British PM Defends Pakistan Terror Remarks
29 July 2010
British Prime Minister David Cameron, on a trade-mission to India, is defending comments he made accusing Pakistan of promoting the "export of terror."
In New Delhi Thursday, Mr. Cameron said he did not mean to offend Pakistan by the remarks he made a day earlier. But, he added, he thinks it is "important to speak frankly and clearly about these issues."
Pakistani foreign ministry officials rejected Mr. Cameron's remarks Wednesday. A ministry spokesman criticized him for relying on unverified information from recently published U.S. documents alleging Pakistani links to Taliban insurgents in Afghanistan.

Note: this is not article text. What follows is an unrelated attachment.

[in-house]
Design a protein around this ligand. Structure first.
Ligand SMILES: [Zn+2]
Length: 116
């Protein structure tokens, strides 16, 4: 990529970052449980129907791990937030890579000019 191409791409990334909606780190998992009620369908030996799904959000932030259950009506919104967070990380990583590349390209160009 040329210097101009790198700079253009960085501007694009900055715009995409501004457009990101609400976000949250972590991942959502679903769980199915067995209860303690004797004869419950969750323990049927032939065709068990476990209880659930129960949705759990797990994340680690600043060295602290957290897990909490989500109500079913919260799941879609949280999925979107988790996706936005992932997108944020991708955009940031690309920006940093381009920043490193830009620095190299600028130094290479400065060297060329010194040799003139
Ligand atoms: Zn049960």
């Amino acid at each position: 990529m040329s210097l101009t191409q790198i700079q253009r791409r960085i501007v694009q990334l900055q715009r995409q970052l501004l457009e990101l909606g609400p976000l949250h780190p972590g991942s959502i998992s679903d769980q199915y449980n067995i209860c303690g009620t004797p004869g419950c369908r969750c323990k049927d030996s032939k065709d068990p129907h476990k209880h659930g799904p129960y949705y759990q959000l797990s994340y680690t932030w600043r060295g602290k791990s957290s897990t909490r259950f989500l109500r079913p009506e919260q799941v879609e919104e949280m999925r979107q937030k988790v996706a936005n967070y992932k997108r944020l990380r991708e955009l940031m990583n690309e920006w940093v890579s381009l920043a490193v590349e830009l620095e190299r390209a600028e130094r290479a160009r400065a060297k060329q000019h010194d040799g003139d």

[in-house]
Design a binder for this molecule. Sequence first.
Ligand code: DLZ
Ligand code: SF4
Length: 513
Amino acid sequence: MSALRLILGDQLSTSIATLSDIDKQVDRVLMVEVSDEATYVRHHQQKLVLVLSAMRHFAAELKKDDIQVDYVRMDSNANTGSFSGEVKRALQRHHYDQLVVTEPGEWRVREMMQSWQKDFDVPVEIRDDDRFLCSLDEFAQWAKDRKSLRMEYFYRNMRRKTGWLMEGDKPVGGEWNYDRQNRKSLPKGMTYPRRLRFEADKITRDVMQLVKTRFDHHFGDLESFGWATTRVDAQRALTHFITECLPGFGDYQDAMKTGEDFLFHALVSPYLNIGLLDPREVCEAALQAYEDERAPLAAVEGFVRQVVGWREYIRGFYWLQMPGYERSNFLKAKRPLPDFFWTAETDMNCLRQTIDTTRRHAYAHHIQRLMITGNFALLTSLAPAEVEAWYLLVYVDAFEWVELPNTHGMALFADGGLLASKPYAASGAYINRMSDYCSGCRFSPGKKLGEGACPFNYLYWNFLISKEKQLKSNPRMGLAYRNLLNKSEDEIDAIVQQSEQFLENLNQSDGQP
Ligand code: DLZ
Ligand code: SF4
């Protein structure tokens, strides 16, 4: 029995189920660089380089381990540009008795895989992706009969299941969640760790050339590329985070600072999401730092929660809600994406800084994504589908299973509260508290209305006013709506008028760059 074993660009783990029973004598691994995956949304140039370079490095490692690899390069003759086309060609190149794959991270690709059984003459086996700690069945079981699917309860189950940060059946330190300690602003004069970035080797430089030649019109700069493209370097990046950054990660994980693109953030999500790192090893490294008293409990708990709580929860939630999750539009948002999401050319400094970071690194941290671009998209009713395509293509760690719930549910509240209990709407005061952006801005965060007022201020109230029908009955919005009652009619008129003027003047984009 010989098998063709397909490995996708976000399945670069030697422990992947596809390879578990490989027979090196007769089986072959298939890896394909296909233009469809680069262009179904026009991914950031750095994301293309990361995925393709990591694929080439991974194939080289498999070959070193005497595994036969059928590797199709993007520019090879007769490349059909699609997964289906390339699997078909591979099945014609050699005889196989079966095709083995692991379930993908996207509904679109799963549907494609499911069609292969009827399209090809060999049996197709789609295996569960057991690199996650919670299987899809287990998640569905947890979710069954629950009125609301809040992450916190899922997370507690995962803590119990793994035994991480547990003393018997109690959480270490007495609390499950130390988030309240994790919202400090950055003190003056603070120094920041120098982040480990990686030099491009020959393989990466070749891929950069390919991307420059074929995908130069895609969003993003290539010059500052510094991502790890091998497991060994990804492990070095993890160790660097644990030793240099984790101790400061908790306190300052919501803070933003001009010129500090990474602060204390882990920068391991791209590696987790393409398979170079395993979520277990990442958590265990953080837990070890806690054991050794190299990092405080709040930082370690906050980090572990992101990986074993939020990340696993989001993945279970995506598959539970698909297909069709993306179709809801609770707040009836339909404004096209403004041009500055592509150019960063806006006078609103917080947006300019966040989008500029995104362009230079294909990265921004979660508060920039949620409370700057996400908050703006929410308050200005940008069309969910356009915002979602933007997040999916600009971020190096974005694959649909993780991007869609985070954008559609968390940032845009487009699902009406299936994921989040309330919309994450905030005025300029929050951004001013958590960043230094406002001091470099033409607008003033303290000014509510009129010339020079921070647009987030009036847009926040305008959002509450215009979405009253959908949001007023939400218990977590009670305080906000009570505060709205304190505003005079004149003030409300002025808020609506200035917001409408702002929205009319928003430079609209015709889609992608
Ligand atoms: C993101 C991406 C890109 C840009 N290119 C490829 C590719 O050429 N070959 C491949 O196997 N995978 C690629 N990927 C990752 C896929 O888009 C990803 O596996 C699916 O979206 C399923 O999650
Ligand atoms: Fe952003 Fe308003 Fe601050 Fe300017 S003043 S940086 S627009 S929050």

Mr. Cameron is expected to discuss security issues with Indian Prime Minister Manmohan Singh and President Pratibha Patil during talks on Thursday.
His trip so far has been mostly trade-related, and has produced a number of business deals between Indian and British firms.
India agreed to deals worth $1.1 billion with British companies BAE and Rolls Royce for 57 Hawk trainer jets and their engines. Another agreement will allow British companies to export civil nuclear technology to India.
Britain is hoping to boost its own economy, struggling to recover from recession, by increasing trade with India.
Some information for this report was provided by AFP, AP, and Reuters.
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